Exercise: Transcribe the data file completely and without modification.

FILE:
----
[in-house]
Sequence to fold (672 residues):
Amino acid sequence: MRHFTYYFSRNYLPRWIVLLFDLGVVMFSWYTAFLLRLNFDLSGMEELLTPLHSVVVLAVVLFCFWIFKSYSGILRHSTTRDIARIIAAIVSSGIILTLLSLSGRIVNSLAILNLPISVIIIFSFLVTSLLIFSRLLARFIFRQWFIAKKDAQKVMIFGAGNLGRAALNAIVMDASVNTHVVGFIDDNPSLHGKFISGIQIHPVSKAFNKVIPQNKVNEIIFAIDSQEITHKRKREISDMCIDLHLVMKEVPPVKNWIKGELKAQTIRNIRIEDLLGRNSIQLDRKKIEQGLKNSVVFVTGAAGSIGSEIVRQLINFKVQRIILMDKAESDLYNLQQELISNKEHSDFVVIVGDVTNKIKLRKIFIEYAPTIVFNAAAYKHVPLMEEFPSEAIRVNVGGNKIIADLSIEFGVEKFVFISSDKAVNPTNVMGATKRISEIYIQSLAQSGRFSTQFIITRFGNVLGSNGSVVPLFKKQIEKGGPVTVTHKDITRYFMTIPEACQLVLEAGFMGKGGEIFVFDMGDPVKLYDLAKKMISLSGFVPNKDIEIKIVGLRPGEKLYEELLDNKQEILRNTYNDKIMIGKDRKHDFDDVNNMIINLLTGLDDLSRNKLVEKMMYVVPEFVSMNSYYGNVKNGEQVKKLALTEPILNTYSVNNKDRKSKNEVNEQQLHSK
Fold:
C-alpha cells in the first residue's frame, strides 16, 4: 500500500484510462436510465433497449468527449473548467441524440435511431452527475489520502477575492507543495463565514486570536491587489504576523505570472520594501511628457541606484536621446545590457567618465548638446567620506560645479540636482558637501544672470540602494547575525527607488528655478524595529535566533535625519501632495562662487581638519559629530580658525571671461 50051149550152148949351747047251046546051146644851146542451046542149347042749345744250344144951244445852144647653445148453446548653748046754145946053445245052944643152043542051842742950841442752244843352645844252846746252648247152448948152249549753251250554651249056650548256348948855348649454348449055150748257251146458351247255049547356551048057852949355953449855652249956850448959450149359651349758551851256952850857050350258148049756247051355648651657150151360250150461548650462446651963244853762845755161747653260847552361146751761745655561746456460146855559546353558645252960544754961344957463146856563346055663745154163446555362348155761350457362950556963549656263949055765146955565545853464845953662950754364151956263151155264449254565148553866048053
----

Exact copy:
[in-house]
Sequence to fold (672 residues):
Amino acid sequence: MRHFTYYFSRNYLPRWIVLLFDLGVVMFSWYTAFLLRLNFDLSGMEELLTPLHSVVVLAVVLFCFWIFKSYSGILRHSTTRDIARIIAAIVSSGIILTLLSLSGRIVNSLAILNLPISVIIIFSFLVTSLLIFSRLLARFIFRQWFIAKKDAQKVMIFGAGNLGRAALNAIVMDASVNTHVVGFIDDNPSLHGKFISGIQIHPVSKAFNKVIPQNKVNEIIFAIDSQEITHKRKREISDMCIDLHLVMKEVPPVKNWIKGELKAQTIRNIRIEDLLGRNSIQLDRKKIEQGLKNSVVFVTGAAGSIGSEIVRQLINFKVQRIILMDKAESDLYNLQQELISNKEHSDFVVIVGDVTNKIKLRKIFIEYAPTIVFNAAAYKHVPLMEEFPSEAIRVNVGGNKIIADLSIEFGVEKFVFISSDKAVNPTNVMGATKRISEIYIQSLAQSGRFSTQFIITRFGNVLGSNGSVVPLFKKQIEKGGPVTVTHKDITRYFMTIPEACQLVLEAGFMGKGGEIFVFDMGDPVKLYDLAKKMISLSGFVPNKDIEIKIVGLRPGEKLYEELLDNKQEILRNTYNDKIMIGKDRKHDFDDVNNMIINLLTGLDDLSRNKLVEKMMYVVPEFVSMNSYYGNVKNGEQVKKLALTEPILNTYSVNNKDRKSKNEVNEQQLHSK
Fold:
C-alpha cells in the first residue's frame, strides 16, 4: 500500500484510462436510465433497449468527449473548467441524440435511431452527475489520502477575492507543495463565514486570536491587489504576523505570472520594501511628457541606484536621446545590457567618465548638446567620506560645479540636482558637501544672470540602494547575525527607488528655478524595529535566533535625519501632495562662487581638519559629530580658525571671461 50051149550152148949351747047251046546051146644851146542451046542149347042749345744250344144951244445852144647653445148453446548653748046754145946053445245052944643152043542051842742950841442752244843352645844252846746252648247152448948152249549753251250554651249056650548256348948855348649454348449055150748257251146458351247255049547356551048057852949355953449855652249956850448959450149359651349758551851256952850857050350258148049756247051355648651657150151360250150461548650462446651963244853762845755161747653260847552361146751761745655561746456460146855559546353558645252960544754961344957463146856563346055663745154163446555362348155761350457362950556963549656263949055765146955565545853464845953662950754364151956263151155264449254565148553866048053